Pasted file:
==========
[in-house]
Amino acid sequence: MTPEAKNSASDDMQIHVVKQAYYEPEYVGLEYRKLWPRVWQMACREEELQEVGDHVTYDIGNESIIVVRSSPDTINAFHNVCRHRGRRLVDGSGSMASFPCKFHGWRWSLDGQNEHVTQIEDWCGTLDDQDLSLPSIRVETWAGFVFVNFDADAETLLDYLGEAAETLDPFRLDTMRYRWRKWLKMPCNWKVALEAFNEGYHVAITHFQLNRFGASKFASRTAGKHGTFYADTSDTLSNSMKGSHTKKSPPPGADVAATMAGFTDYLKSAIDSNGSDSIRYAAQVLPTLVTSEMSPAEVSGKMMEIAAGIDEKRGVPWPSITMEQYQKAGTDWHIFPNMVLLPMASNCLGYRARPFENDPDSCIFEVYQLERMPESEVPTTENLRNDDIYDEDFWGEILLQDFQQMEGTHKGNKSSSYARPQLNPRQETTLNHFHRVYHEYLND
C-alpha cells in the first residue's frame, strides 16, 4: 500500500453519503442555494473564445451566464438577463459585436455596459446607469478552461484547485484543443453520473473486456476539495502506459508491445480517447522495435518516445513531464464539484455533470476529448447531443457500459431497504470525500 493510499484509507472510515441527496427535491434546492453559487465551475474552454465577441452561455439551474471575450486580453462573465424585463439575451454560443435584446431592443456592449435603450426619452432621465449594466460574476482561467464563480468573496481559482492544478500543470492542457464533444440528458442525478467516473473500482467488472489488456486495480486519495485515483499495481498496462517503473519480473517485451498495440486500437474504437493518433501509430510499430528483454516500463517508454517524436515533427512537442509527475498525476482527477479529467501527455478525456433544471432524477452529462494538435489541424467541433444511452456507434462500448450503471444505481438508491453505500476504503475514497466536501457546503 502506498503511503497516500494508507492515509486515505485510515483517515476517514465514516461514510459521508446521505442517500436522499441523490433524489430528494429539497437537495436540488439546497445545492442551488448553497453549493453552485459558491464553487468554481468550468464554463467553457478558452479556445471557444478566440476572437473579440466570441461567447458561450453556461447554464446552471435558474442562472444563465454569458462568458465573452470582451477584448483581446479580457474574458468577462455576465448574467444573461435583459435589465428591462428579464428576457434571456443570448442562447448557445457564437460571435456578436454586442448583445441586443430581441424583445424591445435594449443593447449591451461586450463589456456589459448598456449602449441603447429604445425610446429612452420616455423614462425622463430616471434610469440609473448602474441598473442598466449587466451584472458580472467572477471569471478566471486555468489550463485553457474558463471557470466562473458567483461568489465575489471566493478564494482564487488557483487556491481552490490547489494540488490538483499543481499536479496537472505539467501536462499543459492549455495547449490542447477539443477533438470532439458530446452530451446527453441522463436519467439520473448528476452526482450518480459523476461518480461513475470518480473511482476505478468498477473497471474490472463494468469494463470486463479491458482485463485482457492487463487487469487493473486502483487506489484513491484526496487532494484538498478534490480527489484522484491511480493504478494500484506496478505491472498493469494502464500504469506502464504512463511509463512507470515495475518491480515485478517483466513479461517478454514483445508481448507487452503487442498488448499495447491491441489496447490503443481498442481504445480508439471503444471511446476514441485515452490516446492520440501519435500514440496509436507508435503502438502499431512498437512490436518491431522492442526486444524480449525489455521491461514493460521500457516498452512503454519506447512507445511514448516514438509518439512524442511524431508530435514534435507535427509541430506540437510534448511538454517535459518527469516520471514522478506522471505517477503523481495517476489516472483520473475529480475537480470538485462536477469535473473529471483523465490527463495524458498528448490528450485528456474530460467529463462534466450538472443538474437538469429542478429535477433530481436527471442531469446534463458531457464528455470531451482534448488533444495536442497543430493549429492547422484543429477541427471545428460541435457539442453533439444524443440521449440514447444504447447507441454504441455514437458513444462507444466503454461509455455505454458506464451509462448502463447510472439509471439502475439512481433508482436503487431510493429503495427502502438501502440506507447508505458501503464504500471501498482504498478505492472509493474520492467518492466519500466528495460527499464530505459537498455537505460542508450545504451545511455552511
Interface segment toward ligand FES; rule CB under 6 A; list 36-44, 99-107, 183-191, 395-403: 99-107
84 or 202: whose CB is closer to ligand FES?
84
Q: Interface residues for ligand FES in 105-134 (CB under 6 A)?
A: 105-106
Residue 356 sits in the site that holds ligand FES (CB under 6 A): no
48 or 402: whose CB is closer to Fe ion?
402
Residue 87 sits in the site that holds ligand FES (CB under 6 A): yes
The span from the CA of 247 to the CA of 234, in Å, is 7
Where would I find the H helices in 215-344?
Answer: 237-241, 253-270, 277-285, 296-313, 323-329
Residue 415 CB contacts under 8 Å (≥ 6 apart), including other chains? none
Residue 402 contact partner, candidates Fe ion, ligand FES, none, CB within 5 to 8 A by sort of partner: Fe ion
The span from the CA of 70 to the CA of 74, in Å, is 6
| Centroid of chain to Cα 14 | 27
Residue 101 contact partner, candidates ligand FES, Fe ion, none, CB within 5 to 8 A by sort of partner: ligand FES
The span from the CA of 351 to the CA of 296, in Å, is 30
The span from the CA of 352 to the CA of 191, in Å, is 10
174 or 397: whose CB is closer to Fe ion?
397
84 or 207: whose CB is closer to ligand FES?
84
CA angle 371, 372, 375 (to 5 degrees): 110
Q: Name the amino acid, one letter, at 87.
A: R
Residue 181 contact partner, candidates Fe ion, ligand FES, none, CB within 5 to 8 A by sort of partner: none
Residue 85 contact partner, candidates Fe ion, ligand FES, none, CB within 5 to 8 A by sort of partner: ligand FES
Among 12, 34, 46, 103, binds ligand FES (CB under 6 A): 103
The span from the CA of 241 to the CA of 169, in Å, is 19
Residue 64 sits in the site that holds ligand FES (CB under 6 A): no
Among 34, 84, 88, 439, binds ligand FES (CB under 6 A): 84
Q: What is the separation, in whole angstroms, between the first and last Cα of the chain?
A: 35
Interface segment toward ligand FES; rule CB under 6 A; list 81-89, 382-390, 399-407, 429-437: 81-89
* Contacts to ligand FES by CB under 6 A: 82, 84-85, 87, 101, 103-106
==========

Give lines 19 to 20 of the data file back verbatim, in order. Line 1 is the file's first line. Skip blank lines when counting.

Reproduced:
| Centroid of chain to Cα 14 | 27
Residue 101 contact partner, candidates ligand FES, Fe ion, none, CB within 5 to 8 A by sort of partner: ligand FES